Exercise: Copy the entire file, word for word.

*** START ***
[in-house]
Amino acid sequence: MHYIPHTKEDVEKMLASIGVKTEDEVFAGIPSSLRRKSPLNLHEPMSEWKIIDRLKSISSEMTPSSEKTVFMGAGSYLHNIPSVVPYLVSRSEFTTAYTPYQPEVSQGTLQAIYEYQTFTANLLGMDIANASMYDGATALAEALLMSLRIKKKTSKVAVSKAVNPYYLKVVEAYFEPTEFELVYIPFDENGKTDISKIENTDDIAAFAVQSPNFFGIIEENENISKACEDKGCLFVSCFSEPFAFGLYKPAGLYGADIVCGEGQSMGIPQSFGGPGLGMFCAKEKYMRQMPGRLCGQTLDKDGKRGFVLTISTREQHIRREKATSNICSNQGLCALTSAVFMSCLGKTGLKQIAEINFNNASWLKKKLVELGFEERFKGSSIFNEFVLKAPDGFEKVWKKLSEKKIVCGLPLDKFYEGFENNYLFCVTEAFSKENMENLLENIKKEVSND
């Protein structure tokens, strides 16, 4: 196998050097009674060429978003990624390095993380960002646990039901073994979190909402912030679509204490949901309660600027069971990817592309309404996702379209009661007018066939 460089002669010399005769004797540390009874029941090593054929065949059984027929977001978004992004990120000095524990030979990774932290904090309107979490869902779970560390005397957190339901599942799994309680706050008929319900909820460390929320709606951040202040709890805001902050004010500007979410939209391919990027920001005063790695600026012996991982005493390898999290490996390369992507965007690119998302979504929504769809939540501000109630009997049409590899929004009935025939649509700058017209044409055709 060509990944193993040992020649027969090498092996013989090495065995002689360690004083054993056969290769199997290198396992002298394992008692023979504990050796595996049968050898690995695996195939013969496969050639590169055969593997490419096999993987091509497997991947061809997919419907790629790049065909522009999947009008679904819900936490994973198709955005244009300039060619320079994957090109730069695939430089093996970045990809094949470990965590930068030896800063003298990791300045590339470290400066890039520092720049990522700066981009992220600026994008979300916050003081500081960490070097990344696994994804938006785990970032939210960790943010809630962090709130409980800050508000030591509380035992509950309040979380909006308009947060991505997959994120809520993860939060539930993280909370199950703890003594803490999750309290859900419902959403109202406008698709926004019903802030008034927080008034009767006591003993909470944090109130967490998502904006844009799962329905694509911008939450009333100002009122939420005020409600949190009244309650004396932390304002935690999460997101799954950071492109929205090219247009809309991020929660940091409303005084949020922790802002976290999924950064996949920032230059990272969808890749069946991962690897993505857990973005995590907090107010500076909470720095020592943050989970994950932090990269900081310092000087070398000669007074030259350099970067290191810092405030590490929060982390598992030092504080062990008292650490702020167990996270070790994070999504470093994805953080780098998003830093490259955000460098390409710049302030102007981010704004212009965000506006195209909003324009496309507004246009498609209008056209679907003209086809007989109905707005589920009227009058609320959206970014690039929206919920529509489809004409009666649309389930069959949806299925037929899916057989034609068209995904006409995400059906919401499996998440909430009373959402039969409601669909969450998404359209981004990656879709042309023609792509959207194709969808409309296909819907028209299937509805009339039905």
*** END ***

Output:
[in-house]
Amino acid sequence: MHYIPHTKEDVEKMLASIGVKTEDEVFAGIPSSLRRKSPLNLHEPMSEWKIIDRLKSISSEMTPSSEKTVFMGAGSYLHNIPSVVPYLVSRSEFTTAYTPYQPEVSQGTLQAIYEYQTFTANLLGMDIANASMYDGATALAEALLMSLRIKKKTSKVAVSKAVNPYYLKVVEAYFEPTEFELVYIPFDENGKTDISKIENTDDIAAFAVQSPNFFGIIEENENISKACEDKGCLFVSCFSEPFAFGLYKPAGLYGADIVCGEGQSMGIPQSFGGPGLGMFCAKEKYMRQMPGRLCGQTLDKDGKRGFVLTISTREQHIRREKATSNICSNQGLCALTSAVFMSCLGKTGLKQIAEINFNNASWLKKKLVELGFEERFKGSSIFNEFVLKAPDGFEKVWKKLSEKKIVCGLPLDKFYEGFENNYLFCVTEAFSKENMENLLENIKKEVSND
């Protein structure tokens, strides 16, 4: 196998050097009674060429978003990624390095993380960002646990039901073994979190909402912030679509204490949901309660600027069971990817592309309404996702379209009661007018066939 460089002669010399005769004797540390009874029941090593054929065949059984027929977001978004992004990120000095524990030979990774932290904090309107979490869902779970560390005397957190339901599942799994309680706050008929319900909820460390929320709606951040202040709890805001902050004010500007979410939209391919990027920001005063790695600026012996991982005493390898999290490996390369992507965007690119998302979504929504769809939540501000109630009997049409590899929004009935025939649509700058017209044409055709 060509990944193993040992020649027969090498092996013989090495065995002689360690004083054993056969290769199997290198396992002298394992008692023979504990050796595996049968050898690995695996195939013969496969050639590169055969593997490419096999993987091509497997991947061809997919419907790629790049065909522009999947009008679904819900936490994973198709955005244009300039060619320079994957090109730069695939430089093996970045990809094949470990965590930068030896800063003298990791300045590339470290400066890039520092720049990522700066981009992220600026994008979300916050003081500081960490070097990344696994994804938006785990970032939210960790943010809630962090709130409980800050508000030591509380035992509950309040979380909006308009947060991505997959994120809520993860939060539930993280909370199950703890003594803490999750309290859900419902959403109202406008698709926004019903802030008034927080008034009767006591003993909470944090109130967490998502904006844009799962329905694509911008939450009333100002009122939420005020409600949190009244309650004396932390304002935690999460997101799954950071492109929205090219247009809309991020929660940091409303005084949020922790802002976290999924950064996949920032230059990272969808890749069946991962690897993505857990973005995590907090107010500076909470720095020592943050989970994950932090990269900081310092000087070398000669007074030259350099970067290191810092405030590490929060982390598992030092504080062990008292650490702020167990996270070790994070999504470093994805953080780098998003830093490259955000460098390409710049302030102007981010704004212009965000506006195209909003324009496309507004246009498609209008056209679907003209086809007989109905707005589920009227009058609320959206970014690039929206919920529509489809004409009666649309389930069959949806299925037929899916057989034609068209995904006409995400059906919401499996998440909430009373959402039969409601669909969450998404359209981004990656879709042309023609792509959207194709969808409309296909819907028209299937509805009339039905």